space above, covered way with utility room, and boundary wall. The boundary
wall was objected to in June, and has now been withdrawn. The proposed
garage would be located adjacent to the north west boundary of the site
measuring 5.9m by 5.6m with half-hipped roof over. Two hipped dormers would
be formed on the south east facing roof slope to serve the internal storage area.
The garage would be linked to an existing link corridor with small section of
covered way and utility room.

Appraisal

The proposed double garage was previously excessive in scale, and would have
had a dominant impact on the character and appearance of the conservation
area. The design of the half-hipped roof to the garage would appear to reflect
design references on site such as the existing single storey side extension. The
reduction in width, depth and height has created an acceptable building. For the
reasons outlined above I consider that the proposed extensions would now
produce no negative impact upon, and would therefore preserve, the character
and appearance of the conservation area.

Recommendation

I recommend that an objection be raised due to the scale and design of the
proposed garage and to the height and extent of the brick wall and loss of
vegetation to the front boundaries of the site.
Knowle Conservation Area

Application No.: 07/ 1588
Location:         Jet Garage, 32 Kenilworth
Proposal:        Installation of jet wash

Site Description

The garage is located at the junction with Cooks Close. It dates form the 1980s.
The site is identified as an Opportunity Site by the draft Knowle Conservation
Area Appraisal, as the building is of no value to the character or appearance of
the conservation area. To the north, the cottages on the opposite side of
Kenilworth Road are included on the Council’s Local List. The cottage to the west
is on that list too. To the east, the cottages are noted as Important Buildings.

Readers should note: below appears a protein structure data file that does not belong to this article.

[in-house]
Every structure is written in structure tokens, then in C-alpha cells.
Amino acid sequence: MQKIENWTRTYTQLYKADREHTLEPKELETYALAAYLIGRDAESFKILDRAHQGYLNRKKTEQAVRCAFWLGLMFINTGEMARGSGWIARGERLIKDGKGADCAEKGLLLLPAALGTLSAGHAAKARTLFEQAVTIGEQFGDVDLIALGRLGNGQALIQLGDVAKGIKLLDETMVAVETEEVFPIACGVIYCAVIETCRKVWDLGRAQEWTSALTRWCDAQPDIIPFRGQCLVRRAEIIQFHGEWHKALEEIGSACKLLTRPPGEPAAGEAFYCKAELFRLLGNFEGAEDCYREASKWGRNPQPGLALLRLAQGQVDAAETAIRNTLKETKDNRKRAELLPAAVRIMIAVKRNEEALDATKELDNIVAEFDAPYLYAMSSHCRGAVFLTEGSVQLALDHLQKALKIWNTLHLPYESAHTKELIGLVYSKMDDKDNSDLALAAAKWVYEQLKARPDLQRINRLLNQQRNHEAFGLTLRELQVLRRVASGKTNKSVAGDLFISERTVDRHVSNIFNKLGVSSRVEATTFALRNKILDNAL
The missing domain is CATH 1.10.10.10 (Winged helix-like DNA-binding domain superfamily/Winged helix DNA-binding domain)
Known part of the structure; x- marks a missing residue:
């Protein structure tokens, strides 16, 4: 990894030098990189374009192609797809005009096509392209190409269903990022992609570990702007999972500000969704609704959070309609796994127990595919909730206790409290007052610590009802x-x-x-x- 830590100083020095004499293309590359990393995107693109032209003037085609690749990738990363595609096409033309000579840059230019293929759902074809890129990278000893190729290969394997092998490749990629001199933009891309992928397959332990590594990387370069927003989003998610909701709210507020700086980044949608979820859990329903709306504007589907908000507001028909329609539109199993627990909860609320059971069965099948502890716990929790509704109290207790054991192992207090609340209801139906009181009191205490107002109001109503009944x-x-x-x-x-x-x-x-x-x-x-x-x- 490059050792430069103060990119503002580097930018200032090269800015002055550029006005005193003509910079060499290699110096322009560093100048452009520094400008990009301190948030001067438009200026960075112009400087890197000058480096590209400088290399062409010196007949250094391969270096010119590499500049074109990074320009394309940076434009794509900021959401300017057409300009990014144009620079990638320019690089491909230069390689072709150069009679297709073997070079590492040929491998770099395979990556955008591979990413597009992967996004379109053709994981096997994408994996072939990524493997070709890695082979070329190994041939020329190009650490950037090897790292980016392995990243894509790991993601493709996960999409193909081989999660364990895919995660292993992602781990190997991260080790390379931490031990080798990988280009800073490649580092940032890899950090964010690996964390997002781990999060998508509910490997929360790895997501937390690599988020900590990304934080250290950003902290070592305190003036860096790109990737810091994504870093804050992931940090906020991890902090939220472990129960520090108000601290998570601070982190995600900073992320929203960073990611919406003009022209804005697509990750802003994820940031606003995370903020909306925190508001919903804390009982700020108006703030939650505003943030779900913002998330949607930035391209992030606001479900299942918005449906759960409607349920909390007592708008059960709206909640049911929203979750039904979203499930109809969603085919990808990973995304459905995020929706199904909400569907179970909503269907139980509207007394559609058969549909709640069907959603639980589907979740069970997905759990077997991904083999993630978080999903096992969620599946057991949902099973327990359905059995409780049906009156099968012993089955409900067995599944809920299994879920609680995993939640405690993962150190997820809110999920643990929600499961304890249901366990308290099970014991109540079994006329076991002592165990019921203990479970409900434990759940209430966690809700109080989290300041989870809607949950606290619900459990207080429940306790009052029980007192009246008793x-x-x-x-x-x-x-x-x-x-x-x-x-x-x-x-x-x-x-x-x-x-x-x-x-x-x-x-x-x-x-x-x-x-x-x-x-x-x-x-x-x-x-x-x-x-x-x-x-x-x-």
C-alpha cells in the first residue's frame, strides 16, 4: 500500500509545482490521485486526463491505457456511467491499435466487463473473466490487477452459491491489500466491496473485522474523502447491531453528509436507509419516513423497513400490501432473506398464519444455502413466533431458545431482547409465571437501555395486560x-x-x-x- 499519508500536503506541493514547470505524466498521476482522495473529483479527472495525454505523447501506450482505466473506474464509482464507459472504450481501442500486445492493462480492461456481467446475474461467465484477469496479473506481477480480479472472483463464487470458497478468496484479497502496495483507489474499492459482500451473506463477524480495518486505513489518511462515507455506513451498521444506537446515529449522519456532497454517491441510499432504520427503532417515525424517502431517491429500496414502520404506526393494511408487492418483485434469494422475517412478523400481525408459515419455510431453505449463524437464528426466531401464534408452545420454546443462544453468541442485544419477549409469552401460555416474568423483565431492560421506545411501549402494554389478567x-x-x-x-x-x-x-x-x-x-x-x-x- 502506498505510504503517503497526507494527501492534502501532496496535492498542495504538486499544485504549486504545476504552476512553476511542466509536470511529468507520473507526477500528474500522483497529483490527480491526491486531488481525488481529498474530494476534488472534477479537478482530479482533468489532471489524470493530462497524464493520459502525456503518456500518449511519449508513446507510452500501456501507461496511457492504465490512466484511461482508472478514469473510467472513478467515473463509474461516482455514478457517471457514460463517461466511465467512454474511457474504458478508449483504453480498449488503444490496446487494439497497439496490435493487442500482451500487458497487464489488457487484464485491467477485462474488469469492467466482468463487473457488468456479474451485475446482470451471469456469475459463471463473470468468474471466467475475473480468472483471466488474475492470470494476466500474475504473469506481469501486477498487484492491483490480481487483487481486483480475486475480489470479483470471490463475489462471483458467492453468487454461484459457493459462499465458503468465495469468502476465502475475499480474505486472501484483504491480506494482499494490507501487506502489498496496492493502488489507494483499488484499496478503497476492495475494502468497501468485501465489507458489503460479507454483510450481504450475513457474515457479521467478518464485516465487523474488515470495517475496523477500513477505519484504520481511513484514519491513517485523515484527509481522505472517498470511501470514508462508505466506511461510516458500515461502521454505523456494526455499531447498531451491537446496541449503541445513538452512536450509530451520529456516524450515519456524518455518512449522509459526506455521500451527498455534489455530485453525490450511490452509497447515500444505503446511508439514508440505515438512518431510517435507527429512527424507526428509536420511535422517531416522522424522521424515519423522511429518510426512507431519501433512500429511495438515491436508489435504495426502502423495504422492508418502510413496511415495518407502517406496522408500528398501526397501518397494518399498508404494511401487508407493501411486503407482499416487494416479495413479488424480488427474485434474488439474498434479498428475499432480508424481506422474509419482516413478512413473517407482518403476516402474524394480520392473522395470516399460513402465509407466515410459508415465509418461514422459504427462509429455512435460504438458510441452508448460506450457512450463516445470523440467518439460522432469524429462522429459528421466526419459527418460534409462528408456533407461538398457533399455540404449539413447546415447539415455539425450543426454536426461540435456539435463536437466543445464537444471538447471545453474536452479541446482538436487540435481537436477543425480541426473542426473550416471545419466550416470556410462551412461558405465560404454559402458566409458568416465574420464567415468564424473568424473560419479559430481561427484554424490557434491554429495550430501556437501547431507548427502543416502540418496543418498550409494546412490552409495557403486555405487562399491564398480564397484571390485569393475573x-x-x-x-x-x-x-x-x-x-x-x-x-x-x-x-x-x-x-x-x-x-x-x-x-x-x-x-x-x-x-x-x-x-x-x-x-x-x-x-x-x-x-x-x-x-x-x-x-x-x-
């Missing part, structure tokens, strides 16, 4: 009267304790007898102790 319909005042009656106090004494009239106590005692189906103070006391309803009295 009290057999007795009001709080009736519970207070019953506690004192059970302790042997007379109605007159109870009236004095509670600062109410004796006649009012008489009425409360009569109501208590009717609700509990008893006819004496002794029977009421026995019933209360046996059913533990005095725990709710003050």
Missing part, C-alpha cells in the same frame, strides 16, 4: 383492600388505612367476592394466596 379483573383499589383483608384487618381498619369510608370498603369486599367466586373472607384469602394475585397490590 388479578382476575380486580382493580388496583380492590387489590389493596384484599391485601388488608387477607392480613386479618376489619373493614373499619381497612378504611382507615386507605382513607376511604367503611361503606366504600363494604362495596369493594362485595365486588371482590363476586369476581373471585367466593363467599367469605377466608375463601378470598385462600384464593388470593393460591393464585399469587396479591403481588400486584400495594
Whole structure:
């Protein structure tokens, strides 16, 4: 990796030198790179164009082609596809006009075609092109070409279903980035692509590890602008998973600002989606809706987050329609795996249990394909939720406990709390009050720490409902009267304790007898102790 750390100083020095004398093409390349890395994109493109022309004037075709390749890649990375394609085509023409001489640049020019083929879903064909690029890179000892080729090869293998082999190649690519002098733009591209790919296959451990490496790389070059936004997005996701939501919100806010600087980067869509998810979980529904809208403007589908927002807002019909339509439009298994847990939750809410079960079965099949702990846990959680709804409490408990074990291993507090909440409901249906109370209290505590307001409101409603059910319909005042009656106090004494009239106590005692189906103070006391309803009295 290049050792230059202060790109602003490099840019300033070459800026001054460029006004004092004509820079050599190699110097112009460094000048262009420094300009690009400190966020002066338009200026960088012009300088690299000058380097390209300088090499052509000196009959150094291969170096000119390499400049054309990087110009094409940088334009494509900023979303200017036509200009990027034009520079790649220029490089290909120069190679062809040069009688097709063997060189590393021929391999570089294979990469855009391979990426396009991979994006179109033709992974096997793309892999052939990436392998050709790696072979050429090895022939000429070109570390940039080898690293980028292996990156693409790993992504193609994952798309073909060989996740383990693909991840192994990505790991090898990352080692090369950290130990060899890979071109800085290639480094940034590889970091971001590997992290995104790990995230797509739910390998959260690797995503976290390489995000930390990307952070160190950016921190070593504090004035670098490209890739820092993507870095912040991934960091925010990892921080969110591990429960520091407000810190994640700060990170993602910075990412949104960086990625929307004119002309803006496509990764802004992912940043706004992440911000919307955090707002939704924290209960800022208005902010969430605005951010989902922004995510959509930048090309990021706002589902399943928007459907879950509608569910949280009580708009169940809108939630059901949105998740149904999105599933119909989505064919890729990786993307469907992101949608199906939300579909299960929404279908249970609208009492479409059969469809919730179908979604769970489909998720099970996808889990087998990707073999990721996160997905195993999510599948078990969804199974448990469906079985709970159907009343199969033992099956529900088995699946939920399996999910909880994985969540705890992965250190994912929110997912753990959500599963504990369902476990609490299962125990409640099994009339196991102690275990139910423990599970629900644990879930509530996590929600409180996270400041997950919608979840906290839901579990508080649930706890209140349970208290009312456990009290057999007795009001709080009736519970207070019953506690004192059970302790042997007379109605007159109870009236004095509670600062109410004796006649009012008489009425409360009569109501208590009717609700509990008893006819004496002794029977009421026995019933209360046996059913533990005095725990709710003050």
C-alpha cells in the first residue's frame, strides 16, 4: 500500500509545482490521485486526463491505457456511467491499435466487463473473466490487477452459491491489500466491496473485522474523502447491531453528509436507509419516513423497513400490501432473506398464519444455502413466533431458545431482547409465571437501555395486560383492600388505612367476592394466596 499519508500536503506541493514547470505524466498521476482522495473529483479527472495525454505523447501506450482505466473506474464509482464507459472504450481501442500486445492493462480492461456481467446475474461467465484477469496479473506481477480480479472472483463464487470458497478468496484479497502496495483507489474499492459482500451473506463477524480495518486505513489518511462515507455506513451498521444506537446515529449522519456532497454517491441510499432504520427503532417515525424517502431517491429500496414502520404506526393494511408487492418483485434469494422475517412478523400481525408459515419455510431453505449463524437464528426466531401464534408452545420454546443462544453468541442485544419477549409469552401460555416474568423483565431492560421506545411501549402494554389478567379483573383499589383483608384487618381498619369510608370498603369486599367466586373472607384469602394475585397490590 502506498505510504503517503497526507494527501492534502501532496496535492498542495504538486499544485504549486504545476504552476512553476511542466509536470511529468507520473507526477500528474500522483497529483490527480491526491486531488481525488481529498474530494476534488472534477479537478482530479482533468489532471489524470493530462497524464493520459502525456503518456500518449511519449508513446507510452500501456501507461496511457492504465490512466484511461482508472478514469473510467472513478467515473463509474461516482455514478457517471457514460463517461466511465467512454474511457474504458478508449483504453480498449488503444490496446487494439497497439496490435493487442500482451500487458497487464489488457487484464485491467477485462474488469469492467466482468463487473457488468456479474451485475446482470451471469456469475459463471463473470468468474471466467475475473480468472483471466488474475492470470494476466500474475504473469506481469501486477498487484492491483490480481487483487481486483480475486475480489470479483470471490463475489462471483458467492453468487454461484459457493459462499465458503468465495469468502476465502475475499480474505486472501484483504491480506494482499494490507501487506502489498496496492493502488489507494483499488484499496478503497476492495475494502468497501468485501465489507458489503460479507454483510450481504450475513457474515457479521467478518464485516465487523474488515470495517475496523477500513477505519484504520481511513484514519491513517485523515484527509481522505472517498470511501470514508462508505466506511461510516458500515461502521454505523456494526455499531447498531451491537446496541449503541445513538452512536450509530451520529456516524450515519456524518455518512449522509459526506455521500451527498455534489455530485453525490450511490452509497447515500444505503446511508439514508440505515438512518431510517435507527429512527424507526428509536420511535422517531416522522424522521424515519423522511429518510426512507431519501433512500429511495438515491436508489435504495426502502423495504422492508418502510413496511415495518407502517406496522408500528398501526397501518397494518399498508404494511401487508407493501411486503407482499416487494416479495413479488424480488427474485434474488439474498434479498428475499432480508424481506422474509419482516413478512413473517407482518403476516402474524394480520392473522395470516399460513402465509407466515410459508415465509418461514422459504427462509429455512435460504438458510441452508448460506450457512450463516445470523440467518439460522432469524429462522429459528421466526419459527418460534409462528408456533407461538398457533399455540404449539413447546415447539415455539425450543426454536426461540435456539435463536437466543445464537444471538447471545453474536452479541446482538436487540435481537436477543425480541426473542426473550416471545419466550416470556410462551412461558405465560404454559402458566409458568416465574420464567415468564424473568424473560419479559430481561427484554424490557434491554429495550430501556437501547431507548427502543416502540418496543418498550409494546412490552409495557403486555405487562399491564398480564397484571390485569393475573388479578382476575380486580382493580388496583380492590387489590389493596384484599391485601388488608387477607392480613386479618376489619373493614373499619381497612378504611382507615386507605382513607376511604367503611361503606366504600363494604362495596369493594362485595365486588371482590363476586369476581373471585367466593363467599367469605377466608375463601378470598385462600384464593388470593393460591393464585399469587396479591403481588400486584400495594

Proposal

The proposed jetwash would be placed between the existing car wash building
and the boundary with Cook Close. White-coated metal sheeting would form its
outer screen wall, of three metres in height. To attempt to reduce noise the
existing boundary wall and fencing would be modified. This would involve the
extension in height of the brick pillars up to three metres, the extension of the
fence height up to three metres, and the insertion in between the pillars of
plywood sheets to the inner face.

Appraisal

The proposed jet wash machine and concrete surface would not adversely affect
the character or appearance of the conservation area, as they lie within the site
adjacent to an unsympathetic building and canopy. The adverse impact of the
development of the petrol station was limited by modest screening fencing of a
greater than domestic scale, 2.4 metres in height, as exists now. To modify this
adding a quarter as much height again to reach a height of three metres over this
length of exposed boundary would have a negative impact upon the appearance
and character of this part of the conservation area. Capping the new fence top
with aluminium section would seem likely to exacerbate the adverse effect.
Whilst it is an internal view, the use of plywood sheet for the inner face of the
sandwich would be likely to create an appearance of a temporary building site
hoarding, clashing with the more suitable herringbone pattern boarding of the
exterior face.
Recommendation

I recommend that an objection be raised to the negative impact of the metal
screen and increase of the fencing height as these would detract from the
character and appearance of the conservation area.
Olton Conservation Area


Application No.: 07/ 1423
Location:        Land adjacent 93 Grange Road
Proposal:        Erection of five-bedroom dwelling

Site Description

This site is located on the south side of the road, close to the junction with
Kineton Green and St. Bernard's Roads. It is within the Olton Conservation Area
and is part of the site of The Grange, where recently approved housing is now
under construction. The site is the entrance point to the conservation area when
approaching from the east along Grange Road, and the relatively generous
frontage depth of 93 Grange Road allows a clear view of the site.

Proposal

This application seeks planning consent for a new dwelling on the frontage of the
site, which was retained by the approved scheme as an open area preserving
some of the most readily visible setting of the late 19th century house.

Appraisal

The additional dwelling would create a negative impact upon the character of this
part of the conservation area. This would result from the loss of much of the